Mom's humiliating airport security experience shows why breastfeeding education is needed
Traveling without your baby for the first time can be tough. And if you're breastfeeding, it can be even tougher, as you have to pump milk every few hours to keep your body producing enough, to avoid an enormous amount of discomfort and to prevent risk of infection.
But for Emily Calandrelli, taking a recent work trip away from her 10-week-old son was far more challenging than it needed to be.
Calandrelli is a mom of two, an aerospace engineer and the host of the Netflix kids' science show "Emily's Wonder Lab." She was recently taking her first work trip since welcoming her second child, which included a five-hour flight from Los Angeles to Washington, D.C. Calandrelli is breastfeeding her son and had planned to pump just before boarding the plane. She brought ice packs to keep the milk from spoiling during the flight, but when she tried to go through airport security, the TSA agents refused to let her take some of her supplies.
Calendrelli shared the whole saga in a Twitter thread, which she initially deleted because she was embarrassed and anxious about the confrontation. She reshared the story in a new thread, saying, "They make too many mothers feel this way, so I'm going to talk about it bc this needs to stop."
She explained that she was going through LAX security with two freezer bags, one of which was frozen. She only needed one frozen bag for the departing trip, but would need both of them for her return when she'd have more milk to keep cold.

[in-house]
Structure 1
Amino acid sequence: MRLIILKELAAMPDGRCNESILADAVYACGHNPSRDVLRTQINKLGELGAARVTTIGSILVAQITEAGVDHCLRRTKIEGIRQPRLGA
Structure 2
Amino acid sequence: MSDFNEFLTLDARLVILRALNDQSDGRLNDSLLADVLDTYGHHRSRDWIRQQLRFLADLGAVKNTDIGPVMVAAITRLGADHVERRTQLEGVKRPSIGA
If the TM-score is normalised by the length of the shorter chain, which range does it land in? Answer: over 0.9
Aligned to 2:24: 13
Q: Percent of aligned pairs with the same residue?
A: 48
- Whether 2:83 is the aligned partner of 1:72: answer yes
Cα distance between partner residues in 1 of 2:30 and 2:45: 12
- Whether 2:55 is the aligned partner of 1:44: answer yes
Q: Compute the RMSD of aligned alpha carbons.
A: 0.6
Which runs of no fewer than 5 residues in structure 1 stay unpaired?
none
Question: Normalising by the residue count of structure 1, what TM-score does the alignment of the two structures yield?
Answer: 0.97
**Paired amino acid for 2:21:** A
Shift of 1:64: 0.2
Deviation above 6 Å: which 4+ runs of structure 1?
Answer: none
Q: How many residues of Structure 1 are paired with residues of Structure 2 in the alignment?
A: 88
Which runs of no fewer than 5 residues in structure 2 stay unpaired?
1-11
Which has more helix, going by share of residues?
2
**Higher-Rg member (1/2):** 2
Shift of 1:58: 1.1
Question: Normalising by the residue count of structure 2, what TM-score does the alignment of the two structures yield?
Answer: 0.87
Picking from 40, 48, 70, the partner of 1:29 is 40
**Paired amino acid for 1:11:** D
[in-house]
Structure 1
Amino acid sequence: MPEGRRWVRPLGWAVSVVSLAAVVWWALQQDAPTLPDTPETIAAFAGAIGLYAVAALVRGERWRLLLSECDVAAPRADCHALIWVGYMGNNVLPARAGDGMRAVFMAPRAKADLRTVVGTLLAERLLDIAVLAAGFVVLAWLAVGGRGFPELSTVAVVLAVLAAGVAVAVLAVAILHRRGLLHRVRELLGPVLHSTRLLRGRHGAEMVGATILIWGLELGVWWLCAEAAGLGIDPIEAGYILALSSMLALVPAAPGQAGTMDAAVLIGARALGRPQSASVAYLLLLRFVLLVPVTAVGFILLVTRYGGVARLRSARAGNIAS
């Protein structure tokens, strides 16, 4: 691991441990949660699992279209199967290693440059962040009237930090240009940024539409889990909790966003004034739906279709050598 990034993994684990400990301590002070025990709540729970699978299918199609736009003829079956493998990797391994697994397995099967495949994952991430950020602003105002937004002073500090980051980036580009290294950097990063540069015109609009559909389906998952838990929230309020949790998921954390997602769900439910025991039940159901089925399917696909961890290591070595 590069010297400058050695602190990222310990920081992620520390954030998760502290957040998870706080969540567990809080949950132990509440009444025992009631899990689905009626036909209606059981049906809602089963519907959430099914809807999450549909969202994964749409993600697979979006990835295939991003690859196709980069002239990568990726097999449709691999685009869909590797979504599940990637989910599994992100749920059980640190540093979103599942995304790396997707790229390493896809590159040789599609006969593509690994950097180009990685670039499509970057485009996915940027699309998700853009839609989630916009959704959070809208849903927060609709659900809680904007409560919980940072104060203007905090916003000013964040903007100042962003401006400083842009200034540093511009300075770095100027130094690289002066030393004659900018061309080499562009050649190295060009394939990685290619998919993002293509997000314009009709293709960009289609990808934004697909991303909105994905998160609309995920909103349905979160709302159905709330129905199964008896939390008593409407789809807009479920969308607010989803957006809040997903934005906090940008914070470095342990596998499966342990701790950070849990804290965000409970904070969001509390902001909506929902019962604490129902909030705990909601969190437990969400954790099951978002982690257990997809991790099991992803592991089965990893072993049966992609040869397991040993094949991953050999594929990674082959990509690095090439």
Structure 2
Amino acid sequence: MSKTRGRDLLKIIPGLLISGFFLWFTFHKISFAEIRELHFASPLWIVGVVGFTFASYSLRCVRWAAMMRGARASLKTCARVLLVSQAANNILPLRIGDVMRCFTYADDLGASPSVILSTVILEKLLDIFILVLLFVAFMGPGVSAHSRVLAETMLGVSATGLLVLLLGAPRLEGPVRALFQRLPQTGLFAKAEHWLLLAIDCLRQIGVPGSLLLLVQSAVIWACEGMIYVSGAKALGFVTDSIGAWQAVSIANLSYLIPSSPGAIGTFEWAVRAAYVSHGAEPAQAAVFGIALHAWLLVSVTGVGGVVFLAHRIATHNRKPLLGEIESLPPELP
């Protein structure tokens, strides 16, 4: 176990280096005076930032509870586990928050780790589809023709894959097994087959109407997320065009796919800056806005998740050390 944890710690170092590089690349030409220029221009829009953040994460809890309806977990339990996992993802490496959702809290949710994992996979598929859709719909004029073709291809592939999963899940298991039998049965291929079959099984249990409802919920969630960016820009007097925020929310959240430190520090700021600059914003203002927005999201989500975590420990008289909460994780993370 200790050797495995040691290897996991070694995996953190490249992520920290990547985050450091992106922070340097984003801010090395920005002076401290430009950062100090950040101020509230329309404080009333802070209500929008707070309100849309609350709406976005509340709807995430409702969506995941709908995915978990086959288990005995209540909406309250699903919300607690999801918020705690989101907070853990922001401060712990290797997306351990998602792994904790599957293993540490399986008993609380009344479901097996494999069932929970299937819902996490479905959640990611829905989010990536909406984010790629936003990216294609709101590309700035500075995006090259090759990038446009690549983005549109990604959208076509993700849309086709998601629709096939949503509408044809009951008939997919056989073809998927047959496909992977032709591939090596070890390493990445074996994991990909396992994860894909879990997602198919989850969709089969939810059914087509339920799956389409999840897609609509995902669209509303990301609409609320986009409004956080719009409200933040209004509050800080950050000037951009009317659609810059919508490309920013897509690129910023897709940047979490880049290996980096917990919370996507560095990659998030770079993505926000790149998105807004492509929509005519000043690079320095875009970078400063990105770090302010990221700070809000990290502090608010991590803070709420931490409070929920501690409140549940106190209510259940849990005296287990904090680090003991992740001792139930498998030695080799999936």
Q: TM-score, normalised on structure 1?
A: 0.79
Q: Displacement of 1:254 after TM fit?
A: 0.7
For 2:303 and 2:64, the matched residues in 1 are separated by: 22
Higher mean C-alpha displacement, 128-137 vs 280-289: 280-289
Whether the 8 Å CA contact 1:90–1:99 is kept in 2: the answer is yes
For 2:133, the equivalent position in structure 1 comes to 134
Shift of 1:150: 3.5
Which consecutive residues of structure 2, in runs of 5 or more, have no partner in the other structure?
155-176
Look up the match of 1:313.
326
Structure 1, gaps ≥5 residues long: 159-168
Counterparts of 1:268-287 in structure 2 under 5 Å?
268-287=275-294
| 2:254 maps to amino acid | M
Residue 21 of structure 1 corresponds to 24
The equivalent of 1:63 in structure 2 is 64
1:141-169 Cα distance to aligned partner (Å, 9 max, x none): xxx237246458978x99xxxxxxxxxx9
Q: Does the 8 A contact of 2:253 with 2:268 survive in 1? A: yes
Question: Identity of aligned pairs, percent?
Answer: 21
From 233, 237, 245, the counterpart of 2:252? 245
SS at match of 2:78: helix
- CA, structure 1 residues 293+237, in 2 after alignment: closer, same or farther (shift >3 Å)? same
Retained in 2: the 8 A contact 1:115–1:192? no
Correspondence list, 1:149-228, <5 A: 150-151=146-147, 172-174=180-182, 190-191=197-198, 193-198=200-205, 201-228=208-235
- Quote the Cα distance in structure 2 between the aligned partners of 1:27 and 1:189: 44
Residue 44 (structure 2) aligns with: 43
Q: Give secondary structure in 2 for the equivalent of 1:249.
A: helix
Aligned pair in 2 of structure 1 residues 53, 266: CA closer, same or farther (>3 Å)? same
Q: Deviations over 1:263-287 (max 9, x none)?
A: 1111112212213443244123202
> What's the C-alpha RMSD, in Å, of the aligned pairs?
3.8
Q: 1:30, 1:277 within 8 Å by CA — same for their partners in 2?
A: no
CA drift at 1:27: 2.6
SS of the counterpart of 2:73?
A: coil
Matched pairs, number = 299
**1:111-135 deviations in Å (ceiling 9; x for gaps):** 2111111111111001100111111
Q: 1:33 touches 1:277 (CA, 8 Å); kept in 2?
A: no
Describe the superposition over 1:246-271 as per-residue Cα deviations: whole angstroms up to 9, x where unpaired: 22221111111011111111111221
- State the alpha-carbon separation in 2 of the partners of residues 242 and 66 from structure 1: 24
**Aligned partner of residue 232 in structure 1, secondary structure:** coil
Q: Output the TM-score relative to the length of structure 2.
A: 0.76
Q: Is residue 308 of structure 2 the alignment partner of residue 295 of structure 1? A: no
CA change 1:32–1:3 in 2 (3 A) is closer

Here\u2019s what happened. Yesterday was my 1st trip away from my 10wk old son, who I\u2019m currently breastfeeding. I\u2019m going through security at LAX. I brought my pump and 2 ice packs - only 1 of which was cold (I won\u2019t need the other until I come home, when I\u2019ll have more milk).— Emily Calandrelli (@Emily Calandrelli) 1652181514
"Two male TSA agents told me I couldn't bring my ice packs through because they weren't frozen solid," she wrote. "I asked to speak to someone else and they had their boss come over and he told me the same thing." He said that if she had milk on her or the baby with her, it wouldn't be a problem. He also asked where the baby was multiple times.
I asked to speak to someone else & they had their boss come over & he told me the same.\n\nHe said \u201cif you had milk on you, this wouldn\u2019t be a problem.\u201d\n\nHe asked (*multiple times*) \u201cwell WHERE is the baby.\u201d He said if my child was with me, it wouldn\u2019t be an issue.— Emily Calandrelli (@Emily Calandrelli) 1652181666
Two things: 1) Why would she have breast milk with her on a departing flight when she had just left her baby? And 2) If the baby were with her, it likely wouldn't be an issue at all because she likely wouldn't have needed to pump in the first place.
Calendrelli said she asked multiple times to speak to a female agent and was refused. "They escorted me out of line and forced me to check my cold packs, meaning I couldn’t pump before my flight for fear it would spoil," she wrote.
Technically, she still could have pumped to relieve engorgement and keep her pumping schedule and just dumped out the milk rather than storing it. But throwing out breast milk isn't ideal, especially when you're trying to manage your supply with a baby's demand.